Escape on Venus

Chapter IX

Edgar Rice Burroughs

“WE were twenty,” he said, “twenty warriors of the Jong’s own bodyguard. A great ship with two banks of oars manned by a hundred slaves and carrying a huge sail for fair winds was fitted out to carry a great cargo of wares to Torlac, which lies five hundred klookob to the west on the shores of the Noellat-gerloo.

“We knew that the cargo was valuable because we twenty were sent along to guard it—twenty warriors of the Jong’s own bodyguard, picked men all, from the best warriors of Japal.

“It was to be a long journey—two hundred klookob down the great Lake of Japal, five hundred klookob along the coast of the Noellat-gerloo to Torlac; and then back—fourteen hundred klookob (3500 miles) altogether.”

(Note: Noellat-gerloo, the name of the ocean, means mighty water. Ellat is might, and the prefix no is identical with our suffix y; so noellat means mighty. Gerloo is water.)

“But it turned out to be a short journey,” said Kandar; “you came only as far as Mypos.”

“On the contrary, my prince, we completed our journey to Torlac; but not without incident. While we were lying at the lower end of the Lake of Japal, waiting for the tide that would float us through the channel into the Noellat-gerloo, we were attacked by a Myposan ship of war—fifty oars and a hundred warriors.

“They slipped up upon us at night and swarmed our deck. It was a great battle, Prince—twenty against a hundred; for our galley slaves were no good to us, and the sailors of our ship were little better.

“Our officer was killed in the first clash; and I, Artol, took command. The captain of the ship, terrified, was in hiding; so the command of the ship as well devolved upon me. We fought as only the jong’s bodyguard knows how to fight, but five to one are heavy odds. And then they armed their galley slaves and turned them upon us, forcing them to fight.

“Still we held our own. The decks were red with blood. As we cut them down, more threw themselves upon us—two for every one we killed; and then I saw that the tide had changed—it was running out of the lake into the ocean.

“So far we had been able to hold the hatch leading from the fighting deck to the deck where the galley slaves sat at their oars, and I sent a good man down there with his orders; then, with my own hands, I slipped the anchor. I shouted the command to row, and leaped to the tiller.

“The ship swung around and headed for the ocean, dragging the enemy ship with it. It was certain that one of the ships would be wrecked, and quite probably both. The Myposans ran for their own ship just as some of their fellows cut her loose from us. We were caught in the swirling rush of the waters racing from the lake into the ocean.

“I could hear the crack of the whips on the slaves’ backs as the galley masters urged them to greater effort, for only by tremendous effort could they give the ship steerage way in that racing torrent.

“I am a soldier and no sailor, but I guided the ship through the channel in the darkness of night until it floated at last on the bosom of the ocean; then the captain came out of hiding and took command. Instead of thanking me for saving his ship, he berated me for slipping the anchor.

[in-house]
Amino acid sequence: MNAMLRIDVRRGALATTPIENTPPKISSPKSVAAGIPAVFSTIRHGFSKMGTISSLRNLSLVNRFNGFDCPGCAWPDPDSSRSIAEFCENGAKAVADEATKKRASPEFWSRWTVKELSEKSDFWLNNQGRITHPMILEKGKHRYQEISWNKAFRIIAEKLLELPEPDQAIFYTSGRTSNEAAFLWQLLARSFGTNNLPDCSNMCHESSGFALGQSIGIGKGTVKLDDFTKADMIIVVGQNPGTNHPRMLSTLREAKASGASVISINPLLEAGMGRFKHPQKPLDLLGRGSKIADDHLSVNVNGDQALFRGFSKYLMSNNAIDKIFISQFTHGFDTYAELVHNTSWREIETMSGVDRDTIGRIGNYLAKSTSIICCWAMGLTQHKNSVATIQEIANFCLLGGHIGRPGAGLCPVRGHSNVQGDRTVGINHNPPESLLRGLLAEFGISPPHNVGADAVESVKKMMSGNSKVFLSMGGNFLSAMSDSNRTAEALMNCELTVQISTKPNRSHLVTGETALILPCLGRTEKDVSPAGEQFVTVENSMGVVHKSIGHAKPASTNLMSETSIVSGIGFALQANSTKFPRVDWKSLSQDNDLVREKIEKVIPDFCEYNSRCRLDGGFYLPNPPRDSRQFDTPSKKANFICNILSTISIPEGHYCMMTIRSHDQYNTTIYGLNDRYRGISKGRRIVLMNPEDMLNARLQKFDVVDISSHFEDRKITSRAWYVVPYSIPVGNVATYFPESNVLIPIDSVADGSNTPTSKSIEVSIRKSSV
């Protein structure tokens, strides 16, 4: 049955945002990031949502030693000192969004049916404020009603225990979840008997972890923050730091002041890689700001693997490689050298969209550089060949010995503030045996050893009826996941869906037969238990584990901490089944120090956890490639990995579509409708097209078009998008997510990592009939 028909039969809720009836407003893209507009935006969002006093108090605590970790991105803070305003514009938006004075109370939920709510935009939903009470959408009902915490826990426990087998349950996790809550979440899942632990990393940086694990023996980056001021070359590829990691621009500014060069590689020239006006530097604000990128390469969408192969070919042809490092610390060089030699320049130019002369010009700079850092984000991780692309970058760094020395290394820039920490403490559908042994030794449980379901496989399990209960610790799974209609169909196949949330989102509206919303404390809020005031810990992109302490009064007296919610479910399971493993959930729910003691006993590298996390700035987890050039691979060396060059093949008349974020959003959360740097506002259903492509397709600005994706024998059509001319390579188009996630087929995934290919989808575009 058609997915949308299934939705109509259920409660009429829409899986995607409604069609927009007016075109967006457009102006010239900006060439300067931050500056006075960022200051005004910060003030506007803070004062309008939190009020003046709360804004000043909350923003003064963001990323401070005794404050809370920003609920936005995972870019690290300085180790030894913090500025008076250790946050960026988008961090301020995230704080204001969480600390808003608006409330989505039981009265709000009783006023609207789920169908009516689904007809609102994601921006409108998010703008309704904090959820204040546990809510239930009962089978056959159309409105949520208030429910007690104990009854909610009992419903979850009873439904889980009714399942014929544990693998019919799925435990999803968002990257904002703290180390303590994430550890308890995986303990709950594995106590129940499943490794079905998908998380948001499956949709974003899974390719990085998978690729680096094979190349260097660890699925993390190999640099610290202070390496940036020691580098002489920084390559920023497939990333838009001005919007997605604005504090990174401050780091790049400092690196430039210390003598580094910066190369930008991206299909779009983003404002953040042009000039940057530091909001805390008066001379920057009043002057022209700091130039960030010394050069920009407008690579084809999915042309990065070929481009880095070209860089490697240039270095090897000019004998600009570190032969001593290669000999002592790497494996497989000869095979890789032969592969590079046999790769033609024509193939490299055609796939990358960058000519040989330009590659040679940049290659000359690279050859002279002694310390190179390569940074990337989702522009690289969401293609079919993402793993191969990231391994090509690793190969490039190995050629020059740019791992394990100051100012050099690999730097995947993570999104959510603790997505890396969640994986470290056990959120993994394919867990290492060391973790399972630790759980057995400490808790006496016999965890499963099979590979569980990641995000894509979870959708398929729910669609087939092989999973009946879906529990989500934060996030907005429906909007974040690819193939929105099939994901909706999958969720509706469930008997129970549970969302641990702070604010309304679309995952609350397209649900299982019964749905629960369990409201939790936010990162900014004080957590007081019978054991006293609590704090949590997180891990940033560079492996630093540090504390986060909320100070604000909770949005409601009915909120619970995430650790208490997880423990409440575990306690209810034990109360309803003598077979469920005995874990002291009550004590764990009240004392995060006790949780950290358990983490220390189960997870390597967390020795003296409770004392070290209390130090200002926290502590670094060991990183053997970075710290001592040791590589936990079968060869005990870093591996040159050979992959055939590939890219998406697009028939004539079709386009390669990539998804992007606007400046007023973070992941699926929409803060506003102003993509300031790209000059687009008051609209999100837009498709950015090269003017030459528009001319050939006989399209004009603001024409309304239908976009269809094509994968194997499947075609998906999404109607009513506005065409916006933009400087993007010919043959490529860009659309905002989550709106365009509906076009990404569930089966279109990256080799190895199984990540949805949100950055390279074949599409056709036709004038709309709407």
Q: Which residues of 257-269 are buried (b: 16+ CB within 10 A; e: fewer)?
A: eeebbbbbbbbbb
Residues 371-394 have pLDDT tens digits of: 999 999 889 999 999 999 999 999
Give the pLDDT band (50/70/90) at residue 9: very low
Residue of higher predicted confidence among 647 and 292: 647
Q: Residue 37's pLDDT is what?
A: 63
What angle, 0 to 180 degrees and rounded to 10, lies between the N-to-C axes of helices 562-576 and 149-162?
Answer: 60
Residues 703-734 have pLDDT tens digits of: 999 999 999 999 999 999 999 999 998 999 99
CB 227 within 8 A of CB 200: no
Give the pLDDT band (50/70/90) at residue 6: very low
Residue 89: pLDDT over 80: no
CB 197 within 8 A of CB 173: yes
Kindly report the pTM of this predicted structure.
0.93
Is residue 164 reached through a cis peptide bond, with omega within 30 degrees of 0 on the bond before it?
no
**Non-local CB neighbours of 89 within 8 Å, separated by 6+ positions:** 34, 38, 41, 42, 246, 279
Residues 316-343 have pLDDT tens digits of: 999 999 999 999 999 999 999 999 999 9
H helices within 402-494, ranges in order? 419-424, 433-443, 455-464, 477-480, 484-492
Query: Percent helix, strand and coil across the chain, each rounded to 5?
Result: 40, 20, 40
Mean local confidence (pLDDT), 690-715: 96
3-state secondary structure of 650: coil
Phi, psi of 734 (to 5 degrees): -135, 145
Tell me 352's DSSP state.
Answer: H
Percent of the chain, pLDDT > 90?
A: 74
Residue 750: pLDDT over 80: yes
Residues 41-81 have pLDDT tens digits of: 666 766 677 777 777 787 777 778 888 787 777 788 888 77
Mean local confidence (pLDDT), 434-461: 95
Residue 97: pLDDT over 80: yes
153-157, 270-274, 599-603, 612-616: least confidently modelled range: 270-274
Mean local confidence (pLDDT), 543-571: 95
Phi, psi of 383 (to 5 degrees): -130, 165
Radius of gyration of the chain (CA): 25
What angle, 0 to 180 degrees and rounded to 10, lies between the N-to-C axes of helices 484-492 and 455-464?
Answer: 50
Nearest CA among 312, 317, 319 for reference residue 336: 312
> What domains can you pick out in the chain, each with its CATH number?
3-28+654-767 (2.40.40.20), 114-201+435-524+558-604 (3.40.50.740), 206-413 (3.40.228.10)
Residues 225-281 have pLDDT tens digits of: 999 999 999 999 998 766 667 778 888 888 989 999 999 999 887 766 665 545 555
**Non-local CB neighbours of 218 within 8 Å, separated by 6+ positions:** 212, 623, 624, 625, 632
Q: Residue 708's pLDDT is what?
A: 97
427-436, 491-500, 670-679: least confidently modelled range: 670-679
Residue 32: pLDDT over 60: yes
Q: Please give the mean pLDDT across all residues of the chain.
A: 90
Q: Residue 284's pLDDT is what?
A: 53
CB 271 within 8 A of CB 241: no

“We had words, then; and I told him that when we returned to Japal I should report to the jong himself that he had hidden all during the battle when he should have been on deck defending this ship. That is why I am here.”

“But I do not understand,” said Kandar.

“Wait. I am not through. Presently you shall know. When I checked up after the fight, I found that only ten of us remained; and five of these were wounded. Also, we had eleven Myposan prisoners—eleven who had been unable to reach the deck of their ship after it had been cut loose. These were sent down to the galley masters to help man the oars.

“In due time we reached Torlac, unloaded our cargo and took on another for Japal. The return trip was uneventful until after we entered the Lake of Japal. We lay to at the lower end of the lake so that we should pass Mypos after dark, as is the custom. Then we rowed slowly and silently up the lake, with no lights showing on the ship.

“It was quite dark. One could not recognize faces on deck. There was a great deal of movement there I thought, men passing to and fro constantly. We came opposite Mypos. The lights of the city were plainly discernible.

“Some one said, ‘What is that—right there to starboard?’ At that, I and my warriors moved to the starboard rail. I had no more than reached it than some one seized me around the waist, leaped to the rail with me, and then into the lake.

“It was a Myposan! You know how these fellows swim, my prince. Half the time he had me under water, half drowned; but at last he dragged me ashore at Mypos, more dead than alive. When I could gather my breath and my wits I found myself in a slave compound with all my men. Later I learned the truth.

“The captain, fearful that we would report him to the jong, had liberated the Myposans with the understanding that they would take us prisoners. As a matter of fact he had stipulated that they were to drown us, but the temptation. to take us in as prisoners whom they might sell into slavery was too much for them. It saved our lives.

“So that, my prince, is how I came to be a slave in Mypos; and I live only to return to Japal and have the life of the coward and traitor who sent ten of the jong’s bodyguard into slavery.”

“Who was this captain?” asked Kandar.

“His name is Gangor.”

Kandar nodded. “I know much of him,” he said, “but nothing good. It was rumored that he was high in the councils of the party that has long sought to overthrow the jong, my father.”

That name meant nothing to me then. It was to mean much, later.

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